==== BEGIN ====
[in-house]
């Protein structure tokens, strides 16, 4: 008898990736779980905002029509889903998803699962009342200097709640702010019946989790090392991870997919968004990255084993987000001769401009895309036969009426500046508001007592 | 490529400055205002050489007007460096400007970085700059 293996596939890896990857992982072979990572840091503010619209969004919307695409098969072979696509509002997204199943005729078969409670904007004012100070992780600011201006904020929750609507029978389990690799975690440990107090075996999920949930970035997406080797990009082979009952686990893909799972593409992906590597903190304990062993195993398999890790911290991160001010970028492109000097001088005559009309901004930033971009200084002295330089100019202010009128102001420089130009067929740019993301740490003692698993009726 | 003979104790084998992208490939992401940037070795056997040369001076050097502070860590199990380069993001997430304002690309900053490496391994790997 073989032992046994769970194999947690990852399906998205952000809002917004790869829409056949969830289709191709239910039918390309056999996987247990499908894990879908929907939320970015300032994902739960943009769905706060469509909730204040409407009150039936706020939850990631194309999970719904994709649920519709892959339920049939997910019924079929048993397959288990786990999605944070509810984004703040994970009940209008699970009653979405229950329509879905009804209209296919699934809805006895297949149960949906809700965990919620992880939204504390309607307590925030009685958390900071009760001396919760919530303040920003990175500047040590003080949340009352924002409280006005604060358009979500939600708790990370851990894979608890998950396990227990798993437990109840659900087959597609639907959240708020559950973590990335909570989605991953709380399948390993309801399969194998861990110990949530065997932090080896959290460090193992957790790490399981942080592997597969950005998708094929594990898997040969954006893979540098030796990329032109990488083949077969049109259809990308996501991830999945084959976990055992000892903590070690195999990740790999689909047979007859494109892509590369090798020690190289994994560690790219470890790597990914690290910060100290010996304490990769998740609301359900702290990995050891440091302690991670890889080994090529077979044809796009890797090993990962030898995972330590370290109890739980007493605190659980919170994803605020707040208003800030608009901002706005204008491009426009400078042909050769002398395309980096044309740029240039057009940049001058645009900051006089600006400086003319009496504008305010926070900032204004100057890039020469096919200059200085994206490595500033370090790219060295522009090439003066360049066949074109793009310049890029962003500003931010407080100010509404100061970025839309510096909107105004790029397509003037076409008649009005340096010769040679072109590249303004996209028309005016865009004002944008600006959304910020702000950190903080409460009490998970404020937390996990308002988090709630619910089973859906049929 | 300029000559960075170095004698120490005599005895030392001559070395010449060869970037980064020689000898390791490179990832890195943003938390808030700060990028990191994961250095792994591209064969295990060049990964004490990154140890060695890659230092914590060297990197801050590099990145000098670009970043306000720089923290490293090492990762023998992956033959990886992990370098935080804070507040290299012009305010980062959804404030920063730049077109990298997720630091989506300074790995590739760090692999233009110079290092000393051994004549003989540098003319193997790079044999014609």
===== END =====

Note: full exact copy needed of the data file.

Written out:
[in-house]
């Protein structure tokens, strides 16, 4: 008898990736779980905002029509889903998803699962009342200097709640702010019946989790090392991870997919968004990255084993987000001769401009895309036969009426500046508001007592 | 490529400055205002050489007007460096400007970085700059 293996596939890896990857992982072979990572840091503010619209969004919307695409098969072979696509509002997204199943005729078969409670904007004012100070992780600011201006904020929750609507029978389990690799975690440990107090075996999920949930970035997406080797990009082979009952686990893909799972593409992906590597903190304990062993195993398999890790911290991160001010970028492109000097001088005559009309901004930033971009200084002295330089100019202010009128102001420089130009067929740019993301740490003692698993009726 | 003979104790084998992208490939992401940037070795056997040369001076050097502070860590199990380069993001997430304002690309900053490496391994790997 073989032992046994769970194999947690990852399906998205952000809002917004790869829409056949969830289709191709239910039918390309056999996987247990499908894990879908929907939320970015300032994902739960943009769905706060469509909730204040409407009150039936706020939850990631194309999970719904994709649920519709892959339920049939997910019924079929048993397959288990786990999605944070509810984004703040994970009940209008699970009653979405229950329509879905009804209209296919699934809805006895297949149960949906809700965990919620992880939204504390309607307590925030009685958390900071009760001396919760919530303040920003990175500047040590003080949340009352924002409280006005604060358009979500939600708790990370851990894979608890998950396990227990798993437990109840659900087959597609639907959240708020559950973590990335909570989605991953709380399948390993309801399969194998861990110990949530065997932090080896959290460090193992957790790490399981942080592997597969950005998708094929594990898997040969954006893979540098030796990329032109990488083949077969049109259809990308996501991830999945084959976990055992000892903590070690195999990740790999689909047979007859494109892509590369090798020690190289994994560690790219470890790597990914690290910060100290010996304490990769998740609301359900702290990995050891440091302690991670890889080994090529077979044809796009890797090993990962030898995972330590370290109890739980007493605190659980919170994803605020707040208003800030608009901002706005204008491009426009400078042909050769002398395309980096044309740029240039057009940049001058645009900051006089600006400086003319009496504008305010926070900032204004100057890039020469096919200059200085994206490595500033370090790219060295522009090439003066360049066949074109793009310049890029962003500003931010407080100010509404100061970025839309510096909107105004790029397509003037076409008649009005340096010769040679072109590249303004996209028309005016865009004002944008600006959304910020702000950190903080409460009490998970404020937390996990308002988090709630619910089973859906049929 | 300029000559960075170095004698120490005599005895030392001559070395010449060869970037980064020689000898390791490179990832890195943003938390808030700060990028990191994961250095792994591209064969295990060049990964004490990154140890060695890659230092914590060297990197801050590099990145000098670009970043306000720089923290490293090492990762023998992956033959990886992990370098935080804070507040290299012009305010980062959804404030920063730049077109990298997720630091989506300074790995590739760090692999233009110079290092000393051994004549003989540098003319193997790079044999014609």